In our gospel for today, Jesus performs his first miracle. He and  his mother are at a wedding. Mary notices that they have run out of wine and points this out to Jesus, thinking he can probably solve this problem. Jesus isn’t that enthusiastic about this role, but he tells them to fill the six very large jars with water, each holding twenty to thirty gallons. This water is there for the rites of purification, in other words to wash the dishes, a humble task. Without fanfare, somewhere between 120 and 130 gallons of wine reach the chief steward, who praises the bridegroom for saving the best for last.

Obviously, Jesus knows that his mission is not to go around to weddings and provide amazingly good wine, but, at his mother’s gentle urging, quietly, anonymously, he contributes to the joy and abundance of a feast. 

At the strong recommendation of the Covid Response Team, we are  returning to online services. As the Team points out, this is valid worship.

Our situation may be similar to the exiles returning home. We had some weeks of worshipping together. That felt wonderful, but now we’re facing a challenge just as God’s people did when they faced the monumental task of rebuilding. God gave them powerful reassurance of God’s love. 

The Corinthians were dividing into factions and Paul reminded them that everybody matters. We need the gifts and ministries of everyone. And in our gospel, we see Jesus and his mother at a wedding.  The wine runs out. Spirits begin to sag. What a disappointment! Suddenly, no one knows how, the best wine of all is being served.

That’s how Jesus is. When the going gets tough; when we encounter times of challenge, there he is, giving us the gifts we need. As we navigate through this time, may we realize that he has saved the best for this time— gifts of deep faith, hope, love, and joy. May he give us the grace to grow even stronger as a community of faith, love, and light, for he is the light of the world. Amen.

Epiphany 1 The Baptism of Christ January 9, 2022

Isaiah 43:1-7
Psalm 29
Acts 8:14-17
Luke 3:15-17, 21-22

This past Thursday, on January 6, the Church celebrated the feast of the Epiphany. Wise men come from far away to bring gifts to this new king. The feast of the Epiphany proclaims that this new faith is for all people from all over the world. It is a feast of God’s love, light, and inclusiveness.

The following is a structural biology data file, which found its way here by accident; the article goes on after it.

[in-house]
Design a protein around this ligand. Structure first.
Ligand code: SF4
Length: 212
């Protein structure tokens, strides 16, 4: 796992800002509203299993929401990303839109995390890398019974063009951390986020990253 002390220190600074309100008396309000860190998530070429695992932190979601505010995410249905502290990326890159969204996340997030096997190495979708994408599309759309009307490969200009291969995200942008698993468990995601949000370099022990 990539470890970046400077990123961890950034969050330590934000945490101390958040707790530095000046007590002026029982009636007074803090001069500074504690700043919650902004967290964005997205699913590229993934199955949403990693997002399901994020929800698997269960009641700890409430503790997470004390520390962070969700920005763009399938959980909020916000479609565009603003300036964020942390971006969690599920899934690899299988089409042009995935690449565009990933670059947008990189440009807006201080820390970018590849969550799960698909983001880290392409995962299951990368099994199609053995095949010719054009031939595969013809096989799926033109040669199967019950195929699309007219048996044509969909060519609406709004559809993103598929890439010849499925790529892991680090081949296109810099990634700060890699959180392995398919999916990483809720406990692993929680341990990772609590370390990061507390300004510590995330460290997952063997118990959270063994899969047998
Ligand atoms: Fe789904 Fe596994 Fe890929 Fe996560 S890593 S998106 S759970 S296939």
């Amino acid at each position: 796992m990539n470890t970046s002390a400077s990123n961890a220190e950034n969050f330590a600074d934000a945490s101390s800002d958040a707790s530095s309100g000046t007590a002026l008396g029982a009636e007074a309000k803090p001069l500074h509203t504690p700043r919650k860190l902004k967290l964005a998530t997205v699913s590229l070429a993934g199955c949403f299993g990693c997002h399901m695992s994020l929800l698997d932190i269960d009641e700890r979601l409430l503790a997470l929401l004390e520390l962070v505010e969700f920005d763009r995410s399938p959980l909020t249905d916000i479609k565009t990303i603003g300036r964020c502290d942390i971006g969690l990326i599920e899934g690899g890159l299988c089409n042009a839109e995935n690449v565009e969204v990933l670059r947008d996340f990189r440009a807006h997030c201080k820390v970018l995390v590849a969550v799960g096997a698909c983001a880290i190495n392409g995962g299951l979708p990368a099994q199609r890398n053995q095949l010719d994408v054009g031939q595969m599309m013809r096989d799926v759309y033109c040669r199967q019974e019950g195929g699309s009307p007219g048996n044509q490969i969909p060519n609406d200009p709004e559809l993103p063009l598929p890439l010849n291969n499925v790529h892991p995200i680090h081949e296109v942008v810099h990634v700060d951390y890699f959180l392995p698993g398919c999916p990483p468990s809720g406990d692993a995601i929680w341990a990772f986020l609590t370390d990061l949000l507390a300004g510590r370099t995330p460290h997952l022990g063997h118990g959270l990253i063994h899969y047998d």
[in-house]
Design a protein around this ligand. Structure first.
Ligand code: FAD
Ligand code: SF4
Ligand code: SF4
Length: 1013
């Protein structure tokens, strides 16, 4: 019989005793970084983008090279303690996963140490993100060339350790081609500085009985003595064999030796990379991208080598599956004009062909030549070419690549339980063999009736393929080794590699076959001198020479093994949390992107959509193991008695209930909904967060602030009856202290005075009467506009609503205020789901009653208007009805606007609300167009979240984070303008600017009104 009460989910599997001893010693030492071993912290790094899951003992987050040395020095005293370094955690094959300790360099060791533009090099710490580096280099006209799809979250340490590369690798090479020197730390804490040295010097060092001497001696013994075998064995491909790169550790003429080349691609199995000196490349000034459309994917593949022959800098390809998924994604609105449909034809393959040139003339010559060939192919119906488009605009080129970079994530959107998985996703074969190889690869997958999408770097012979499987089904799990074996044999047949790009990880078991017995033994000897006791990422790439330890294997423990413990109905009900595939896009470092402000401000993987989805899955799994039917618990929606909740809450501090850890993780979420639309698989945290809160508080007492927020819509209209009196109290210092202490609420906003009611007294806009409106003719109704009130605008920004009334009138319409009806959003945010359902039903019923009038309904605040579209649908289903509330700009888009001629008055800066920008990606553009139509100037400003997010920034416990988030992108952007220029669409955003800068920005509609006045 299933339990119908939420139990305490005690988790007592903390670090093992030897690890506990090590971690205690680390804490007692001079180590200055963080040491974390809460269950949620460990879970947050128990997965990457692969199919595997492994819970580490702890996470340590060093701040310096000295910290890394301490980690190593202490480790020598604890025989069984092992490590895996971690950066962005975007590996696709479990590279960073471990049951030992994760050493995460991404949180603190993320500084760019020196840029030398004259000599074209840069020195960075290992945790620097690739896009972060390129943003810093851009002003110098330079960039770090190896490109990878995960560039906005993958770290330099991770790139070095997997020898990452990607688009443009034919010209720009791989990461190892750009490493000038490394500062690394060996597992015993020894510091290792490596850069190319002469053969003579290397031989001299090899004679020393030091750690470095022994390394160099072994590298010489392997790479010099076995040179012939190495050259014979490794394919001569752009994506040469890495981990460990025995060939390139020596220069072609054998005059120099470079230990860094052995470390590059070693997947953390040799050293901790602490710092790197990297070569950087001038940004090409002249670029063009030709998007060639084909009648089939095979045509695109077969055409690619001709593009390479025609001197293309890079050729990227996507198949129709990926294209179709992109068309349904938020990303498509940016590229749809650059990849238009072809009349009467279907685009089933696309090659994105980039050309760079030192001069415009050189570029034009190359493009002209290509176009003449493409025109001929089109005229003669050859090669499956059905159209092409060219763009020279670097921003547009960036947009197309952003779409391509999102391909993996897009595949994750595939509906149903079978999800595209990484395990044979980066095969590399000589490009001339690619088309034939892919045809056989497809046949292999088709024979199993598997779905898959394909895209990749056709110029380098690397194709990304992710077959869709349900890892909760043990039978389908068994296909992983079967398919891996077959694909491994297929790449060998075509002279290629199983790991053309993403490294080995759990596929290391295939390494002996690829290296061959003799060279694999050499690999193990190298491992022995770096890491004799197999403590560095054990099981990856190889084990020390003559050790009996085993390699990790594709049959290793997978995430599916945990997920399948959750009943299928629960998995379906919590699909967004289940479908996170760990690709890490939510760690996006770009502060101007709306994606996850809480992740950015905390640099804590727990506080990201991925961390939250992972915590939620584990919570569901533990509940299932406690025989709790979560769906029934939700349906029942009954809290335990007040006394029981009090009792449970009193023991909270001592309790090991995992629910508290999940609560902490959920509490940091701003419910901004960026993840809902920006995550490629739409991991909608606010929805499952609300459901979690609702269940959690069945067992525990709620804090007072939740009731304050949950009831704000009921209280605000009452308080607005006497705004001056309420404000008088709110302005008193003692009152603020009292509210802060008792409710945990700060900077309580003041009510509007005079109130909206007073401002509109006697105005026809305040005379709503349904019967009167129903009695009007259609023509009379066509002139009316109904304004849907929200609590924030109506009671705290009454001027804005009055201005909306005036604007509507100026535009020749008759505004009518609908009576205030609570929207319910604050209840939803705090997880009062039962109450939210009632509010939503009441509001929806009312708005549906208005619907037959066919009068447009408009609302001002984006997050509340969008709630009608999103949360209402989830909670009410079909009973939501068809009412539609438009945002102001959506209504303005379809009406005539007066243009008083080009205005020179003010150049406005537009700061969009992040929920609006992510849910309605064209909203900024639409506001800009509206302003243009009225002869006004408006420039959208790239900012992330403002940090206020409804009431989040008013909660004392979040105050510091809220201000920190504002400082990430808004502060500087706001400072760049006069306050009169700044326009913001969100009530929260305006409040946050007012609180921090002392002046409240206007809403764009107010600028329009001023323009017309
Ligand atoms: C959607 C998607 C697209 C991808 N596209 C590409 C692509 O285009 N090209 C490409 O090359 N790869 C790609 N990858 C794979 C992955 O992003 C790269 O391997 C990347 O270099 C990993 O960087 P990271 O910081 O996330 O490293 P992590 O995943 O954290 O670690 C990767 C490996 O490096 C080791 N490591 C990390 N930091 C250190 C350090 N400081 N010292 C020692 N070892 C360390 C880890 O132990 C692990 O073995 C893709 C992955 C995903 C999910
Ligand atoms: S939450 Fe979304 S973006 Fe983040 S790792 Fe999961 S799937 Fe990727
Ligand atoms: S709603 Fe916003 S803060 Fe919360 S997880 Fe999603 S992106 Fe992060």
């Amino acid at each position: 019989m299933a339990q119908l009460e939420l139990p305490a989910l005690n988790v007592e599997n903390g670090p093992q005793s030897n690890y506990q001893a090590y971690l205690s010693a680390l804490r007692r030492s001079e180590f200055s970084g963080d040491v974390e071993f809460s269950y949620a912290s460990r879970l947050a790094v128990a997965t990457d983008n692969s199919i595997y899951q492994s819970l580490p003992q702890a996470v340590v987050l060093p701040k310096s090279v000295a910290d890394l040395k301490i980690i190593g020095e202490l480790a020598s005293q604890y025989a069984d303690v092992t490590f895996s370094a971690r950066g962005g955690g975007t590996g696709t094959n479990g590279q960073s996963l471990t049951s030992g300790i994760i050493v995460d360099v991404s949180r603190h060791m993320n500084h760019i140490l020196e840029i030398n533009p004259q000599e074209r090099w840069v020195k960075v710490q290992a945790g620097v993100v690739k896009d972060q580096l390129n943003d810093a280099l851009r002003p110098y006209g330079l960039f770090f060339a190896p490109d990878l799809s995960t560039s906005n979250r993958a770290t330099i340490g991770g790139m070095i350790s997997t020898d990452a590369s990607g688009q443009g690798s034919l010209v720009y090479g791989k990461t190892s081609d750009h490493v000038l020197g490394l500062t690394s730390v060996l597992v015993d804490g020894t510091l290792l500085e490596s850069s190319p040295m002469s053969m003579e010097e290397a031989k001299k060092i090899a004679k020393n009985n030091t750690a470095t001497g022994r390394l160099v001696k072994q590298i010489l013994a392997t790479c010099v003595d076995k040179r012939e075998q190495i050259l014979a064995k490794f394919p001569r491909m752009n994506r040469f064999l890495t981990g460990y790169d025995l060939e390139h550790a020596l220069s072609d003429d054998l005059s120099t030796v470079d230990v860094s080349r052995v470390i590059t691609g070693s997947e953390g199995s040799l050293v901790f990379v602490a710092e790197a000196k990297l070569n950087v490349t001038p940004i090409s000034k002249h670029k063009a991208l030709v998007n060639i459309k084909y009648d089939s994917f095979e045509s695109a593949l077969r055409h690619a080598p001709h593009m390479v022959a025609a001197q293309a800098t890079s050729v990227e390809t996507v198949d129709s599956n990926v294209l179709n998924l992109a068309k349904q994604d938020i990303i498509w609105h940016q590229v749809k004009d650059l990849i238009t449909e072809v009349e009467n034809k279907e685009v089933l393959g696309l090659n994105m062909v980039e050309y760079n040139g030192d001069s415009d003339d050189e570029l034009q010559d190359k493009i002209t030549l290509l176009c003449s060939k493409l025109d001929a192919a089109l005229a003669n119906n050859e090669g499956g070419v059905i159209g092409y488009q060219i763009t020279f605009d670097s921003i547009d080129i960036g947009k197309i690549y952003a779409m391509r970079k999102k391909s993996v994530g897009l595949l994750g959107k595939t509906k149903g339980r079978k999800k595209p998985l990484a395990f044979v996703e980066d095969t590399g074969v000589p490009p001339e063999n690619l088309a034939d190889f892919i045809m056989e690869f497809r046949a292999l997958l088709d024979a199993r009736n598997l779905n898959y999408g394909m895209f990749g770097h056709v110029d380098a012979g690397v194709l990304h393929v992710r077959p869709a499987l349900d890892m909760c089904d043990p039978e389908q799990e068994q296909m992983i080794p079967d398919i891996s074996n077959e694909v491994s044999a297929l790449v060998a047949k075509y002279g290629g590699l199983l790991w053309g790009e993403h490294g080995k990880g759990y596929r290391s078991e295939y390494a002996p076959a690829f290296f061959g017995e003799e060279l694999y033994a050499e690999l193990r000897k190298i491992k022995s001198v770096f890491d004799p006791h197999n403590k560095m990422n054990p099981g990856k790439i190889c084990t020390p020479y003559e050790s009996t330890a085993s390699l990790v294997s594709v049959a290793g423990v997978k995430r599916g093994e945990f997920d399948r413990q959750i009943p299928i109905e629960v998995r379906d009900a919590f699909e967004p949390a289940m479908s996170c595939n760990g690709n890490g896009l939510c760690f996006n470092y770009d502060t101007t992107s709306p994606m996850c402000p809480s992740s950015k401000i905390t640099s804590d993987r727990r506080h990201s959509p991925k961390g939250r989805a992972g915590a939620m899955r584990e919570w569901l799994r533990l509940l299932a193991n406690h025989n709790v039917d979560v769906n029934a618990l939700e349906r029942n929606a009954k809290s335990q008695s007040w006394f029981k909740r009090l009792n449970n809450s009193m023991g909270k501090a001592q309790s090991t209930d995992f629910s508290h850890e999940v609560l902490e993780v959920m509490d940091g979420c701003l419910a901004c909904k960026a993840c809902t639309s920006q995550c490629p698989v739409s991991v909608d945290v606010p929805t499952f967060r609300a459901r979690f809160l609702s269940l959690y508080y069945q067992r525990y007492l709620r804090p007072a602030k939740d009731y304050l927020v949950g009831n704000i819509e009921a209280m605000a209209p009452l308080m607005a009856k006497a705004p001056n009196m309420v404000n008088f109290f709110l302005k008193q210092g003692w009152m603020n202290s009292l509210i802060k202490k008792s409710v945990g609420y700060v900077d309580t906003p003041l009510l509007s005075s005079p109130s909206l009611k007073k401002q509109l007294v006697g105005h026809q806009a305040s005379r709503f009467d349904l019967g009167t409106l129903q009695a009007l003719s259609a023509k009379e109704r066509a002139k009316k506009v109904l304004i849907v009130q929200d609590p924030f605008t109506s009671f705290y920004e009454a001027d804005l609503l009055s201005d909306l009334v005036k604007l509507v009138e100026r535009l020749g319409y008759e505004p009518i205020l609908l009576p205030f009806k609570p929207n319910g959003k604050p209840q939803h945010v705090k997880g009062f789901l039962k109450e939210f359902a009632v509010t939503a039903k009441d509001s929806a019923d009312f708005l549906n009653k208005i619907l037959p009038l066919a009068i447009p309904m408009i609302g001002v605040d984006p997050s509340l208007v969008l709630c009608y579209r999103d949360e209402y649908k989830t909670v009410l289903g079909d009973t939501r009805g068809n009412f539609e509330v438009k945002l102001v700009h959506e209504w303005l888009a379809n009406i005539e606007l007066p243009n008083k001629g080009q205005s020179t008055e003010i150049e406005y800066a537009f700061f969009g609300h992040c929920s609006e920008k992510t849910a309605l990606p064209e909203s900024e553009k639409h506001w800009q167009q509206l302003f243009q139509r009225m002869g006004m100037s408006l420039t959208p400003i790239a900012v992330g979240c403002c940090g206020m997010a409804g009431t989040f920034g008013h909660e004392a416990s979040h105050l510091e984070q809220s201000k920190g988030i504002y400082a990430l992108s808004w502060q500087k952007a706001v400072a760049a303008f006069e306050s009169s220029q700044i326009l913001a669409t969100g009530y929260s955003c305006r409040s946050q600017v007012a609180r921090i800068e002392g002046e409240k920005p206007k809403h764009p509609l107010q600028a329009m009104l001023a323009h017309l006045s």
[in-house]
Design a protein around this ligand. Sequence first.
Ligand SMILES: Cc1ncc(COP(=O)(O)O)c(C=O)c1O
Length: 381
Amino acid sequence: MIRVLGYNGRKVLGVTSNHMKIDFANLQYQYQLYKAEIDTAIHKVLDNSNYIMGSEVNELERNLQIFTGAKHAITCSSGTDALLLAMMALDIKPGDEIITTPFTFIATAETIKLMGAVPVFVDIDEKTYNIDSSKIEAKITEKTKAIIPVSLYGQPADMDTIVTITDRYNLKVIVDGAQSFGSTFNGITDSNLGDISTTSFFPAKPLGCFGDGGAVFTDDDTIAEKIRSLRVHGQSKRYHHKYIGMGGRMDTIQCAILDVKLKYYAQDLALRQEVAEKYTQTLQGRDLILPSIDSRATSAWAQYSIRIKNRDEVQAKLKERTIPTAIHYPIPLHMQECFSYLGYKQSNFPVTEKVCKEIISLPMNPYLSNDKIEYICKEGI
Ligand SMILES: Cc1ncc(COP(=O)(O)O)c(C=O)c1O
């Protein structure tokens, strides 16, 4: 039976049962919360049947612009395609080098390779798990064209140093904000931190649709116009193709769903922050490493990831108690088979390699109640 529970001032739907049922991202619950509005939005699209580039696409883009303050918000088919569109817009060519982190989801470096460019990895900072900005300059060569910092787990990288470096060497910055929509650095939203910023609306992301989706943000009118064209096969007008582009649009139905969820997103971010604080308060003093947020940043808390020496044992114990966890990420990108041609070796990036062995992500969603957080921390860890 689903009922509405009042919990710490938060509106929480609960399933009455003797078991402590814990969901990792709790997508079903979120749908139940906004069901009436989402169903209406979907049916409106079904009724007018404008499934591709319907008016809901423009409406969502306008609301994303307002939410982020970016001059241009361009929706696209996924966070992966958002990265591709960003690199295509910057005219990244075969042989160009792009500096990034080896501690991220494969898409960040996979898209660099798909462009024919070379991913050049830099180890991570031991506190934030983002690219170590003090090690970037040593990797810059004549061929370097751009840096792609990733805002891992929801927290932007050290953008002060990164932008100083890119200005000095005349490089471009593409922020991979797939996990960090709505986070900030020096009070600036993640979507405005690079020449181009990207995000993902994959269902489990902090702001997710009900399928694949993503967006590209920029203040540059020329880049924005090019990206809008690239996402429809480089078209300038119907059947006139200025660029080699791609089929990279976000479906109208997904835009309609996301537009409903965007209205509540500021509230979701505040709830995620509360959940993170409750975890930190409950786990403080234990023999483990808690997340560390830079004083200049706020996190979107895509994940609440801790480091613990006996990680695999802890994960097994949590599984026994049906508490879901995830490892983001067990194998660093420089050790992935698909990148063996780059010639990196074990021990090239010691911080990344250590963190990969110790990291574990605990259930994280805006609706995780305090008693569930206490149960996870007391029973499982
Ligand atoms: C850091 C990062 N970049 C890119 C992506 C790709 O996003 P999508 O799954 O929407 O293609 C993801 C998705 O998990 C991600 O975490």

Today, we celebrate the Baptism of our Lord Jesus Christ. Our first reading is from the prophet we call the Second Isaiah. God is telling God’s people in exile in Babylon and is also telling us not to fear, for God has redeemed us. God has called us by name. We belong to God. When we passed through the waters of the Red sea to freedom, God was there. God will be with us through all our challenges and trials. We are precious in God’s sight. God will gather all the exiles from all over the world and bring them home.

Our second reading is from the Book of Acts. So much is happening. Just a little before this passage, the new faith has been growing so fast that the apostles find they cannot do the work of preaching, teaching, praying, and at the same time make sure that the widows and orphans and others in need are taken care of. The apostles call together this new and growing community of Jesus’ followers and ask them to choose “seven men of good standing, full of the Spirit, and  of wisdom,” to minister to the needs of the people at the margins.  These seven men, the first deacons, were Stephen, Phillip, Prochorus, Nicanor,  Timon, Parmenas, and Nicolaus of Antioch. The apostles pray and lay their hands on them. This is how the first deacons were chosen and ordained.

Soon after this, Stephen becomes the first Christian martyr. An angry crowd stones him to death. Saul, who will later become the apostle Paul, looks on and approves this murder. A severe persecution begins against the church in Jerusalem.

In the midst of all of this, God calls Philip to go to the city of Samaria, home of the Samaritans, who were despised by the Israelites because the Israelites felt the Samaritans had departed from the true faith. Philip shares the good news with the Samaritans and they want to become followers of Jesus. So Philip baptizes them. Word reaches the followers of Jesus in Jerusalem that many people in Samaria are flocking to the new faith. They have been baptized but they have not yet received the Holy Spirit.